Decorative panels at Duc La Pagoda, Vietnam

Roof architecture at Duc La Pagoda, Vietnam
exterior of  Duc La Pagoda, Vietnam
Courtyard at Duc La Pagoda, Vietnam

Duc La Pagoda follows rules of feng shui for its location. Traditional feng shui highlights that sanctuary structures should be located in a site with a river to the front and a mountain at the back. Duc La Pagoda leans on the Co Tien Mountain and looks over to the Luc River. This location is believed to bring harmony, calm and balance into the structure.

Surrounding the pagoda are vast paddy fields, picturesque villages and the Nham Bien Mountain range, which create a very poetic and mystical feel.

Ancient documents reveal that Duc La pagoda was built in the 11th century during the Ly Dynasty. It was later turned into a training centre for talented monks by three head Vietnamese monks: Tran Nhan Tong, Phap Hoa, and Huyen Quang during the Tran dynasty in the 13th century. The remaining ruins date back to the Le Dynasty and Nguyen Dynasty in the 15th and 19th centuries respectively.

The main architecture of Bo Da Pagoda is composed of four structures lying on a south west axis. The main hall still preserves the architectural style of the Ly Dynasty, especially the decorative symbol of wooden planks and cloud on its arms, while the two-roofed bell tower and the monk’s house clearly display the architectural style of the Nguyen Dynasty (19th century).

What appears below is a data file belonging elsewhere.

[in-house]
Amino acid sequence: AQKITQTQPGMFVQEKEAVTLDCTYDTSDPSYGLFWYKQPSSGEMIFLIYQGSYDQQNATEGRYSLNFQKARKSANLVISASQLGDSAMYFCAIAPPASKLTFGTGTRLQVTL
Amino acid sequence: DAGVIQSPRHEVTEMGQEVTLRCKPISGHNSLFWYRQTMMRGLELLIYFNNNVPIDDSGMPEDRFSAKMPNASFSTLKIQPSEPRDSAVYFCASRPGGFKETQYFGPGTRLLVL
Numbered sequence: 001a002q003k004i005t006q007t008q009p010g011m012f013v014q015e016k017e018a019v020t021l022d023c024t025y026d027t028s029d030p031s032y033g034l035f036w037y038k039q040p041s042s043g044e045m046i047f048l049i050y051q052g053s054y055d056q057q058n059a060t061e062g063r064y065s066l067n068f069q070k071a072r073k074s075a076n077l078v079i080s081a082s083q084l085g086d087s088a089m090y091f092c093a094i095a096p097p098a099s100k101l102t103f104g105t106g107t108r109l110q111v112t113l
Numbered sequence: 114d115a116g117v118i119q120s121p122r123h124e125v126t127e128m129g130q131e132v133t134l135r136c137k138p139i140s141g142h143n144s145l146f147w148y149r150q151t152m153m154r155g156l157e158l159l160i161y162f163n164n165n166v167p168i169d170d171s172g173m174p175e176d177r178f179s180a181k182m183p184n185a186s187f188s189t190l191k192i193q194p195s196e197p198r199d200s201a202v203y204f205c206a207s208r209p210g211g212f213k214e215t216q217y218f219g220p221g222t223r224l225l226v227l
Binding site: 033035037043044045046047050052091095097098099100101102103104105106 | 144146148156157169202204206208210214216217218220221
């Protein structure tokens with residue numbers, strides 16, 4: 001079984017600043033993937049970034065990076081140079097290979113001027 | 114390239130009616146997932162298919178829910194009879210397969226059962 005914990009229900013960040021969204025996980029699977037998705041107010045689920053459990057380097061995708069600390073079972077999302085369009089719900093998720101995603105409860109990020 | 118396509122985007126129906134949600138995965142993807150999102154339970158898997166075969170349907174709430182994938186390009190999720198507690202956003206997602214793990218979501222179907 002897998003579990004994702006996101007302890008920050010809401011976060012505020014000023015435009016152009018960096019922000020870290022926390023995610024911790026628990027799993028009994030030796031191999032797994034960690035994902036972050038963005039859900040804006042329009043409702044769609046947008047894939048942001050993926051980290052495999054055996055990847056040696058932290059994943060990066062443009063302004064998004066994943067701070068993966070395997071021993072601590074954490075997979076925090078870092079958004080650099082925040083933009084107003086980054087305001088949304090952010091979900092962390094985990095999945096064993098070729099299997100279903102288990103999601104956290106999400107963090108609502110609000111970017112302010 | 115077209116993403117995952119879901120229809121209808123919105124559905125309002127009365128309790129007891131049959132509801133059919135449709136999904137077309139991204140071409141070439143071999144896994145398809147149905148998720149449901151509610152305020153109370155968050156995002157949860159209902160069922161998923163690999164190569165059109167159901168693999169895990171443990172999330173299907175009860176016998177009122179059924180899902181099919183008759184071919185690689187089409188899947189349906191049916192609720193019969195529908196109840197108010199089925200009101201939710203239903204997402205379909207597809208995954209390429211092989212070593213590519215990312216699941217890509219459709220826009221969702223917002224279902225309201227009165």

Beautiful carving at Duc La Pagoda, Vietnam

Nowadays Duc La Pagoda remains a major centre of Buddhism in Vietnam as it currently keeps a collection of 3,000 carved woodblocks, including some featuring two Buddhist Sutras. Those woodblocks provide valuable information on the formation, development and ideology of Truc Lam Zen Buddhism, founded by King Tran Nhan Tong in the 11th century.

interior at Duc La Pagoda, Vietnam
Buddhist drum at Duc La Pagoda, Vietnam
Hanging decorations at Duc La Pagoda, Vietnam

>> To view more wonderful photos from the Duc La Pagoda in a full-size gallery please click this link.

Text and photos by writer Sophia Doan.

Temples of the Borobudur Region – Travel Diary, Day Two (Borobudur Temple Visit)

This post covers Day 2 of 3 from the travel diary by Joan Foo Mahony, publisher of Architecture of the Buddhist World book series. Part One can be found here.